cross posted form my hello kitty Blog.
By now only a few on this earth has not heard of how a 7th grader, Lauren Rojas, has sent Hello Kitty Plush 93,000 feet up in the stratosphere as part of a science project.
Having looked at the video, she did an excellent job of presetting her experiment during the flight, the pictures are spectacular and hello kitty in her rocket is just so cute. The rocket parachuted back to earth 47 miles from the launch point, in a tree; a likely place for a kitty. Hello Kitty is safe and sound back on Earth. The video went viral and new report has been seen all over the world and on National TV.
Not to detract from Ms. Rojas feat, some in the media is reporting this is Hello Kitty’s first trip into (or near space). That honor really should go to Melissa whose Hello Kitty has flown with The Expedition 9 Crew in 2004. I quote from part of that post.
“This is to certify that Hello Kitty accompanied the Expedition 9 Crew in their long duration space mission aboard the International Space Station. This item was flown for the wonderful Melissa (last name omitted for obvious reasons).
The Expedition 9 Crew was launched from Baikonur Cosmodrome, Kazakhstan on April 19, 2004, at 9:19 a.m., aboard the Russian Soyuz Spacecraft TMA-4, and return to Kazakhstan on October 24, 2004, at 6:35 a.m. aboard the Soyuz Spacecraft TMA-4.”
I also thought Hello Kitty as Soyuz crew mascot aka Micro Gravity Indicator some time ago.
Still way to go Lauren for Hello Kitty first altitude Balloon mission.
As I thought of Ms. Rojas feat, I wonder if we furries can pull off the same thing, after all we do have a share of Science and tech geeks, not to mention a few ham radio enthusiast Raising money for a Furry Near Space Imitative seems plausible.
The again I am look at my 26” Hello Kitty Plush thinking it would be neat to launch her into the Stratosphere using harness.
But they are a few problems, the largest being I confess that I grown fond of my Giant Plushies, have a strong attachment to them and could not risk losing one forever. There not may giant plushies made and quite difficult to replace if lost. My last one was stolen, so strong was the loss I bought my plush above only for day after as a replacement. Common sense tells me I do not want to send up in a high altitude balloon anything I do not want to risk losing. I would have to buy another plush for the purpose of the flight.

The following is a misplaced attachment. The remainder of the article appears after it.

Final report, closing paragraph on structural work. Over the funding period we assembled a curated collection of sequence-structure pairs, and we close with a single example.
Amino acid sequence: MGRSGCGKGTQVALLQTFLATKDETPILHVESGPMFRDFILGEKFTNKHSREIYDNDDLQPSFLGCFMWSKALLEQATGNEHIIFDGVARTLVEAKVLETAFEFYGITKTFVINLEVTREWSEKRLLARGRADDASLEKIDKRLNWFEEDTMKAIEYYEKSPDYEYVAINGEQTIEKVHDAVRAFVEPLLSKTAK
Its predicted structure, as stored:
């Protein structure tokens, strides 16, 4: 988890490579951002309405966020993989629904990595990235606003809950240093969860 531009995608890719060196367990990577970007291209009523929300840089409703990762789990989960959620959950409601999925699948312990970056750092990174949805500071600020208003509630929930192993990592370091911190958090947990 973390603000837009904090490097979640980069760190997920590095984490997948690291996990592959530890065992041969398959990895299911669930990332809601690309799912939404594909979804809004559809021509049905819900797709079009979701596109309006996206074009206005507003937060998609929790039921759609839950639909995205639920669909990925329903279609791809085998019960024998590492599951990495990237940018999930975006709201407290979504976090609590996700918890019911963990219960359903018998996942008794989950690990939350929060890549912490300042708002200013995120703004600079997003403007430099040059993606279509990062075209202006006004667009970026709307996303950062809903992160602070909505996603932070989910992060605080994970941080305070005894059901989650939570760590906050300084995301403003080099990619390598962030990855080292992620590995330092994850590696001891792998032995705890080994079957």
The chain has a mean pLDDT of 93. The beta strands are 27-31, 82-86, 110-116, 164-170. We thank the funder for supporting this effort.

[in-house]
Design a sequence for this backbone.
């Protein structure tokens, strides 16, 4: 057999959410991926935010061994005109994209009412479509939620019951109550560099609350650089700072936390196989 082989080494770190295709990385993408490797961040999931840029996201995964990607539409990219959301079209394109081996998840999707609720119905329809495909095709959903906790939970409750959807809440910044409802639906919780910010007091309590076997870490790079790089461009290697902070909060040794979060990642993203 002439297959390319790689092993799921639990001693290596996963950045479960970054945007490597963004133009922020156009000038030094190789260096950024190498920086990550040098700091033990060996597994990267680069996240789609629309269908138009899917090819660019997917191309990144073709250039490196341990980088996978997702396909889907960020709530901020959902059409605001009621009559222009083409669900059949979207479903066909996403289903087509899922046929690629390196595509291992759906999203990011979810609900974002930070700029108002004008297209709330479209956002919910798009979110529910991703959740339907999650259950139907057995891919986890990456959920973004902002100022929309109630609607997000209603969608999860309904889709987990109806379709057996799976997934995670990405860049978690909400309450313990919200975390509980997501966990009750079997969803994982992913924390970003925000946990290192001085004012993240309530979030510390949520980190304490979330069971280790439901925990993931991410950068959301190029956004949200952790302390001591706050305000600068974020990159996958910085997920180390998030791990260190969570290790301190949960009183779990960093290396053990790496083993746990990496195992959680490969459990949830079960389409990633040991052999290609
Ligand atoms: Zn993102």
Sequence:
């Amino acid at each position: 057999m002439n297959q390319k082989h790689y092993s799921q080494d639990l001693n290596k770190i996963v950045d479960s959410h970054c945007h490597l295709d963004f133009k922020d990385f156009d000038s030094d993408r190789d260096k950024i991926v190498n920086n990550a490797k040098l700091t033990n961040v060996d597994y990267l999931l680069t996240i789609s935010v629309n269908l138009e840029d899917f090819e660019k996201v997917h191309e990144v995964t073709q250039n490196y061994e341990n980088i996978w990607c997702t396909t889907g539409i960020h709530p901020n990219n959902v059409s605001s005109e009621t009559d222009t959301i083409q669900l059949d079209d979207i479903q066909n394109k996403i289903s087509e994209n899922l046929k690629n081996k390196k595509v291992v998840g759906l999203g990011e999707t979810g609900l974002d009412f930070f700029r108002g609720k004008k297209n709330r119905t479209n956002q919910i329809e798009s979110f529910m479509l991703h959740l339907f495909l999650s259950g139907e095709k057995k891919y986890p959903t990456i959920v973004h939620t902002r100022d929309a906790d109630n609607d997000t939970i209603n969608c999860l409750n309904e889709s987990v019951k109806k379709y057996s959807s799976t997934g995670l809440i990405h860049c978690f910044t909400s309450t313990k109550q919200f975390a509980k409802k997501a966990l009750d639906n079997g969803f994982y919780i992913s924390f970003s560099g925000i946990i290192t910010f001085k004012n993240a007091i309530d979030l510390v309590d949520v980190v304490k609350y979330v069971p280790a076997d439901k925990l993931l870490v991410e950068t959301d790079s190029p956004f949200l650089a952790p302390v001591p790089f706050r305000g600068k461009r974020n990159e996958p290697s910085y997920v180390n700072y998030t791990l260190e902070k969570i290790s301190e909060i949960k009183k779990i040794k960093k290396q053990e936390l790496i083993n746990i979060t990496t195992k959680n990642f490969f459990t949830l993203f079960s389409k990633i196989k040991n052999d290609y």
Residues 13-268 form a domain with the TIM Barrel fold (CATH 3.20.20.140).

The tech geek in me as an exercise looks at other practical problems. First I never thought how Hello Kitty’s big head those off her center of gravity I could not use a sling or harness but I would have to build a frame with a counter balanced 2 foot long + boon for the camera . At 3 pounds and eighth ounces Kitty would have to come under FAR 101 (Kitty, frame, cameras electronics) and need two payload cut down and systems to deflate the balloon. The modifications I need results added cost and complexity. I search around YouTube High Altitude Science and other launch report and it is clear to me one thing: keep it simple and keep under four ponds.
Another thing I wonder is how my Hello Kitty would react during decent (any high altitude balloon enthusiast might want charm in the comments) Will the drag on her body case the payload decent to become unstable? She would be in a duct tape space suit. Cost, complexity, and personally unwilling make a 26” Hello Kitty trip plausible but not cost effective. My big Kitty can breath easier no space thip for her unless I get rich and book a trip on Spaceship 2. (I would take her in a heartbeat)
I would have scale down and use my smaller Hello Kitty plushies, perhaps a Build A Bear one. I would go as far as build a capsule if possible; it would have a internal seat for Hell Kitty and would be water proof for water entry.
Right now while in debt this would not be in the back burner unless I get a lot of friends and training to do the mission right.
Update: Ms. Rojas has won an award and will be going to the Reginald Science fair.
Antioch teen’s ‘Hello Kitty rocket’ wins at school science fair – Contra Costa Times
“ANTIOCH — The weather balloon experiment that sent a Hello Kitty toy almost 18 miles above the Earth is now an award-winning science project that is sending its creator to a regional competition.”